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Self build won't boot...advice please


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#1
spudmachine

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Hello,
I'm trying to build my own PC. I bought the bits as a package from Scan.co.uk, so I assume they are "matched".


M/B: Gigabyte GA-Z68X-UD3-B3
CPU: Intel Core i5-2500K 3.3GHz
RAM: 8GByte Corsair Vengeance DDR3 (2 x 4G DIMMs)
PSU: Cooler Master GX 80+ 650W


When I press the power switch the case fans and PSU fan spin for a split second, then stop. The unit does not boot. There are no beeps.

I've disconnected the Hard Drive, DVD and video card with the same result.

I've checked the cables and they all look OK. I also checked for anything "dangling" over contacts that might cause a short, but there's nothing obvious. Nothing is obstructing the CPU fan.

I installed the two RAM modules in what I believe is Channel A (initially I plan to operate in single channel mode...with 8G of RAM). So they are in slots labelled DDR3_4 and DDR3-2. reading the motherboard manual it looks like I could install them in any two slots and they'd work (maybe not to max performance, but they should function).

One other thing I noticed is that the Cooler Master case was supplied with all brass spacer screws, rather than a mixture of brass and plastic.


Any advice welcomed!


Cheers,
SPuD
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#2
Digerati

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Hi SPuD and :welcome:

One other thing I noticed is that the Cooler Master case was supplied with all brass spacer screws, rather than a mixture of brass and plastic.

I have never seen plastic space screws so not sure what you are talking about. I note this:

Posted Image

(the bottom brass part) is called a "standoff".

Also note that cases are designed to support 1000s of motherboards so there is almost always more mounting holes in the case than there are in the motherboard. And a very common mistake is putting in too many standoffs, which results in the motherboard being shorted out - sometimes causing permanent damage. :(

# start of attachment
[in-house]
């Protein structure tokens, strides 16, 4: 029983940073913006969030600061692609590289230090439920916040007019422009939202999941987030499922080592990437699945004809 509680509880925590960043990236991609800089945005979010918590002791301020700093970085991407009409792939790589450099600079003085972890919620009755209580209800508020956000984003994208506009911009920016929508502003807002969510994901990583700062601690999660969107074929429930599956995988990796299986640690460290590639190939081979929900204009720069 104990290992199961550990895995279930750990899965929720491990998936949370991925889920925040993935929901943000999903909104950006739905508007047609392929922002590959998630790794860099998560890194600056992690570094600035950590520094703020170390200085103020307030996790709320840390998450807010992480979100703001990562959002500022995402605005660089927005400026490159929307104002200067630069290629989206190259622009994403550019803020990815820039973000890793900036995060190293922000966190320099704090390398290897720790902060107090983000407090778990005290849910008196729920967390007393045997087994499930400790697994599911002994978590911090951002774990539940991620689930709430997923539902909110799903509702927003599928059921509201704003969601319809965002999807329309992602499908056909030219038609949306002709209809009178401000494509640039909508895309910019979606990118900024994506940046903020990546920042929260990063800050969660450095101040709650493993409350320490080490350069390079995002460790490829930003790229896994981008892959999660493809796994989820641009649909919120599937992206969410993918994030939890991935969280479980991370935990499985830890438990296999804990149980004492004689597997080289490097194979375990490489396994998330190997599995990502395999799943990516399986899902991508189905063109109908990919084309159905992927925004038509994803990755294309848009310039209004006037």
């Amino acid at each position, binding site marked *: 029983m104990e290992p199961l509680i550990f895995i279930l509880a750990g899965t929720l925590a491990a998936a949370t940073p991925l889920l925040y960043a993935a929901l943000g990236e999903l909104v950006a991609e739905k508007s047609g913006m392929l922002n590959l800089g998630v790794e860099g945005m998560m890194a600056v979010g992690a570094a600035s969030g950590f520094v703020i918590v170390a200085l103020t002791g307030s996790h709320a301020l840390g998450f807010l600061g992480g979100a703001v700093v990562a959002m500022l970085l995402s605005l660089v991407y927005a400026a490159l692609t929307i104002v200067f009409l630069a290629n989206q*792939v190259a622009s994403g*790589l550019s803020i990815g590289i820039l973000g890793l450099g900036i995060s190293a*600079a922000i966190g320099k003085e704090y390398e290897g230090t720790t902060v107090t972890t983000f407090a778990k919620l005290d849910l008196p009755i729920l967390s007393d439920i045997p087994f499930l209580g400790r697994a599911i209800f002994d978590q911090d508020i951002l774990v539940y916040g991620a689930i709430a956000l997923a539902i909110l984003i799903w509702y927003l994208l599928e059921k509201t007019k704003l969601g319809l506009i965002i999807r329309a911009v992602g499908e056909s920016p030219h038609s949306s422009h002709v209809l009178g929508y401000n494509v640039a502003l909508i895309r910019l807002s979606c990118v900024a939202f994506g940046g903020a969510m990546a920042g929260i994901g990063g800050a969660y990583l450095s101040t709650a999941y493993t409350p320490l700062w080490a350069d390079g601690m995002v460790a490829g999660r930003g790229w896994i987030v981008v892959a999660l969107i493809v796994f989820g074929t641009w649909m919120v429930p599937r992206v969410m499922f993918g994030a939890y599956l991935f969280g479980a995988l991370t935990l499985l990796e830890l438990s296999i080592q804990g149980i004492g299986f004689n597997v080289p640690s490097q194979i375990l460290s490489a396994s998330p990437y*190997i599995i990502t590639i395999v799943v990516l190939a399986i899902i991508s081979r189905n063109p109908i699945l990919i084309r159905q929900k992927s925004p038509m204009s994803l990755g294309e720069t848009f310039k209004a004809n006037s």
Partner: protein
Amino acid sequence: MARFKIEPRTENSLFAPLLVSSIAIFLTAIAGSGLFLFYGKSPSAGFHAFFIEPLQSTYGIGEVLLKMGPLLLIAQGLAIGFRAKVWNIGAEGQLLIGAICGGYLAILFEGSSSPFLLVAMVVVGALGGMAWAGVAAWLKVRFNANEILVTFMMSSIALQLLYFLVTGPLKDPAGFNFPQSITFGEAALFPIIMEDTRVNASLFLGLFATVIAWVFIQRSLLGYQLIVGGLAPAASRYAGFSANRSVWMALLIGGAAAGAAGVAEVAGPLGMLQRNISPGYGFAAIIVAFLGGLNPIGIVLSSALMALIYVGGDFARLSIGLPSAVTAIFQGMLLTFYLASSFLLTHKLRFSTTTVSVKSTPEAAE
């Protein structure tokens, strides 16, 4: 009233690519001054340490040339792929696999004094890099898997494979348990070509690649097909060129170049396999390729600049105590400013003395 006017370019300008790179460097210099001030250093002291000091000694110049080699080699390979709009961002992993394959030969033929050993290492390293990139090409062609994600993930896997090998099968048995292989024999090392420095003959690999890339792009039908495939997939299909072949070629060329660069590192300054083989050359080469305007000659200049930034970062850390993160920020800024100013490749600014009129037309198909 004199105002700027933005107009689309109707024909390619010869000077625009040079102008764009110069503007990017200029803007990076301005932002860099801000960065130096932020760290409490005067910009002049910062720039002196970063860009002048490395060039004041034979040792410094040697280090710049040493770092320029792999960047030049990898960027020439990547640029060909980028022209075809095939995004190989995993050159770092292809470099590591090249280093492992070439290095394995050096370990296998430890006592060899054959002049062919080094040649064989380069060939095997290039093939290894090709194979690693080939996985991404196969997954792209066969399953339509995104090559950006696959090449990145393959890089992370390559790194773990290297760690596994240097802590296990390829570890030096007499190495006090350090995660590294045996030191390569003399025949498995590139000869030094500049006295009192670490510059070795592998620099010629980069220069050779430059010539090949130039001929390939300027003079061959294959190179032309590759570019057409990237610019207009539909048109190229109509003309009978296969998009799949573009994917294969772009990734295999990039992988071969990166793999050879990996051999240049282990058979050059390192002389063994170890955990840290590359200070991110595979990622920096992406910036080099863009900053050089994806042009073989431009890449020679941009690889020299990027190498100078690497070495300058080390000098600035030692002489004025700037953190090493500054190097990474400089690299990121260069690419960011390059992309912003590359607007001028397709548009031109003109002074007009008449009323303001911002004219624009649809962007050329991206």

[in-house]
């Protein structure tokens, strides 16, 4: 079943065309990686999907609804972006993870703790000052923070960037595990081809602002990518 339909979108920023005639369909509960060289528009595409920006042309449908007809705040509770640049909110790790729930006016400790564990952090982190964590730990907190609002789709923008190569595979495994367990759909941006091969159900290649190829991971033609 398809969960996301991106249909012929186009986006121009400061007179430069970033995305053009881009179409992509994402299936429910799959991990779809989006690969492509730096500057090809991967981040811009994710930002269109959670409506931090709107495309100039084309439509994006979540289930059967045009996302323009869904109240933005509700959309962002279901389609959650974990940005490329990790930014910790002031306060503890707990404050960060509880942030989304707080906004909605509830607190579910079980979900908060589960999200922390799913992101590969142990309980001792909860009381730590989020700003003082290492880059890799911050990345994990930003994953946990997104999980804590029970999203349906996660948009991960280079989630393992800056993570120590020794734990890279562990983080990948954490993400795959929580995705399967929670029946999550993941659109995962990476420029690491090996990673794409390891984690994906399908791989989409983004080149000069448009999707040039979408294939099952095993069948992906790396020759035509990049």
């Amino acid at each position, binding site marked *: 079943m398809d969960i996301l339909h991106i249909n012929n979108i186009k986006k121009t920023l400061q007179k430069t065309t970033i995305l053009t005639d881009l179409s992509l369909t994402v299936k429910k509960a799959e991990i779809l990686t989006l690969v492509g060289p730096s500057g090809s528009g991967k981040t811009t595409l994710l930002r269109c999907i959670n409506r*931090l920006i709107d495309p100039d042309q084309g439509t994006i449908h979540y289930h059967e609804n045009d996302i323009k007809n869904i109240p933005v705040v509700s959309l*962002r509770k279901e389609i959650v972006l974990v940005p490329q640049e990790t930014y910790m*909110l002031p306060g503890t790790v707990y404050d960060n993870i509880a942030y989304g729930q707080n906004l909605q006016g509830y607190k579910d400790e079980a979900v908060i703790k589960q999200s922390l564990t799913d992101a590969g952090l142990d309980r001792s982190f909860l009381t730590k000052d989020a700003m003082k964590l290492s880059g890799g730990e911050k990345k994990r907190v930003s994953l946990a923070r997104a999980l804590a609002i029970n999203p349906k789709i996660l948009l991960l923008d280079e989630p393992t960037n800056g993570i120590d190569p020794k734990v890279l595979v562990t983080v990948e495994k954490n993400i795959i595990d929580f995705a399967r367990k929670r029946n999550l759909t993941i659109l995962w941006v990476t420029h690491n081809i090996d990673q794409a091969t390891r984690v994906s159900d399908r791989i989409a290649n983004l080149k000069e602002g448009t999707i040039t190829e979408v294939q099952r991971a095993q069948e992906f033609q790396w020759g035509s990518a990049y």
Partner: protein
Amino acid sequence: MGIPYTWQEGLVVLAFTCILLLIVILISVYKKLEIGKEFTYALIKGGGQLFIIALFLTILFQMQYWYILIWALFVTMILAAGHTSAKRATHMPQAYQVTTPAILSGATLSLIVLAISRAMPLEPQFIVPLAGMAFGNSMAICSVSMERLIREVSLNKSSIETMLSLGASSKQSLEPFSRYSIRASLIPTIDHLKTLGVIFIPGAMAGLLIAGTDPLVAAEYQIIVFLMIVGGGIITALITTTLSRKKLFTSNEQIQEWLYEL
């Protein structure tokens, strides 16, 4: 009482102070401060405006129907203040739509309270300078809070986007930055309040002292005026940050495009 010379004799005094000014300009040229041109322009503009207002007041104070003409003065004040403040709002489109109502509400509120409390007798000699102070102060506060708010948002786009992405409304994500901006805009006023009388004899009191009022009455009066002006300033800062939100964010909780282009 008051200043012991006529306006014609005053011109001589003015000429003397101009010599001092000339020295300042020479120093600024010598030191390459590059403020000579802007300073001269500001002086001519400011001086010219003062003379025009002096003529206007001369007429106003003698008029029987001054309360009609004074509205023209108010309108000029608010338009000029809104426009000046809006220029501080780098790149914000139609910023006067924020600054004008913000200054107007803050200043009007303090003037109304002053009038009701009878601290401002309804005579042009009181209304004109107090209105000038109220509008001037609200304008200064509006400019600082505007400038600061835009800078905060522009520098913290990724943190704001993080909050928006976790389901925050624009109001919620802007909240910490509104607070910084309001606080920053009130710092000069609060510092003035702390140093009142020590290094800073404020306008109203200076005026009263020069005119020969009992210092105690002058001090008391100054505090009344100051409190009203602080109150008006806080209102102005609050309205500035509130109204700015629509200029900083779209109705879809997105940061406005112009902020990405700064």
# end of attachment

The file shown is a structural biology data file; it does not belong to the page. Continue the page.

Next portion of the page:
So you need to pull your board and make 200% sure you only have a standoff where there is a corresponding motherboard mounting hole.

Make you you have connected all the PSU connections to the motherboard.

initially I plan to operate in single channel mode...with 8G of RAM).

I fail to see any reason to run in single channel mode. Testing with one stick makes sense, but running single channel when dual-channel is supported is the only way to go - otherwise, you bottleneck your entire system.
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#3
spudmachine

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Thanks for the fast reply.

I'm pretty sure I have the right number of stand-offs. There are 9 holes in the motherboard, and nine stand-offs, but I will definitely check tomorrow. I'll strip it right down and rebuild it.

For the dual channel v single channel I assume I need to purchase another 8G of RAM (for a total of 16G) in order to run with 8G dual channel, is that correct? That's not a problem - RAM is comparatively inexpensive and it would be a false economy to lose the performance. However, the RAM is not likely to be the cause of this problem, I'm guessing, because the PC doesn't even get as far as the memory check.

Could this be a problem with the Power Supply, do you think? I never built a PC from scratch before, but I've upgraded quite a few with RAM, video cards, etc. and never seen anything as "catastrophic" as this. It's like the PSU is instantly overheating or something and shutting down.
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#4
Digerati

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For the dual channel v single channel I assume I need to purchase another 8G of RAM (for a total of 16G) in order to run with 8G dual channel, is that correct?